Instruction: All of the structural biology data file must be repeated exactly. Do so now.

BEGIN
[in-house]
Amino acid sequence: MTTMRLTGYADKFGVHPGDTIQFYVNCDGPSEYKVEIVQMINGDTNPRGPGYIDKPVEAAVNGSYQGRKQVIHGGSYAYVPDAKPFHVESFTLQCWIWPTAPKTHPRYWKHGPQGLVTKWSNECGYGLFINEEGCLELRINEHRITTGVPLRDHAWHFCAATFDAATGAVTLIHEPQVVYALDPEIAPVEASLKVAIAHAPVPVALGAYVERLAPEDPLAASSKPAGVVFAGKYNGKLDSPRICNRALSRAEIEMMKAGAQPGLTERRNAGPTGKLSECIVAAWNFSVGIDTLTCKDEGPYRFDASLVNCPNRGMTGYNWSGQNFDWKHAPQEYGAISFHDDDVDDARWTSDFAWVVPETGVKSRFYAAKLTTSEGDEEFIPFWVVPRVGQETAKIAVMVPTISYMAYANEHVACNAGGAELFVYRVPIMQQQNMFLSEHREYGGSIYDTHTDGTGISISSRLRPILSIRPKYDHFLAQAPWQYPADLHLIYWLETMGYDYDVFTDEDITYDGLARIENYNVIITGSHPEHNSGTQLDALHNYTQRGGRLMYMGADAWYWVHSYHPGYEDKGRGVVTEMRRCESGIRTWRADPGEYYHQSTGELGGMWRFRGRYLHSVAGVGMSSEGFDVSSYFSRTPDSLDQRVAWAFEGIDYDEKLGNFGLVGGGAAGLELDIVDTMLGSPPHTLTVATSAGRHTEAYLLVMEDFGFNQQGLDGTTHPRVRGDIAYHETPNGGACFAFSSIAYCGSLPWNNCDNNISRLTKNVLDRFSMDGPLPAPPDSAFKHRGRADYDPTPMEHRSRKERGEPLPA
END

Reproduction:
[in-house]
Amino acid sequence: MTTMRLTGYADKFGVHPGDTIQFYVNCDGPSEYKVEIVQMINGDTNPRGPGYIDKPVEAAVNGSYQGRKQVIHGGSYAYVPDAKPFHVESFTLQCWIWPTAPKTHPRYWKHGPQGLVTKWSNECGYGLFINEEGCLELRINEHRITTGVPLRDHAWHFCAATFDAATGAVTLIHEPQVVYALDPEIAPVEASLKVAIAHAPVPVALGAYVERLAPEDPLAASSKPAGVVFAGKYNGKLDSPRICNRALSRAEIEMMKAGAQPGLTERRNAGPTGKLSECIVAAWNFSVGIDTLTCKDEGPYRFDASLVNCPNRGMTGYNWSGQNFDWKHAPQEYGAISFHDDDVDDARWTSDFAWVVPETGVKSRFYAAKLTTSEGDEEFIPFWVVPRVGQETAKIAVMVPTISYMAYANEHVACNAGGAELFVYRVPIMQQQNMFLSEHREYGGSIYDTHTDGTGISISSRLRPILSIRPKYDHFLAQAPWQYPADLHLIYWLETMGYDYDVFTDEDITYDGLARIENYNVIITGSHPEHNSGTQLDALHNYTQRGGRLMYMGADAWYWVHSYHPGYEDKGRGVVTEMRRCESGIRTWRADPGEYYHQSTGELGGMWRFRGRYLHSVAGVGMSSEGFDVSSYFSRTPDSLDQRVAWAFEGIDYDEKLGNFGLVGGGAAGLELDIVDTMLGSPPHTLTVATSAGRHTEAYLLVMEDFGFNQQGLDGTTHPRVRGDIAYHETPNGGACFAFSSIAYCGSLPWNNCDNNISRLTKNVLDRFSMDGPLPAPPDSAFKHRGRADYDPTPMEHRSRKERGEPLPA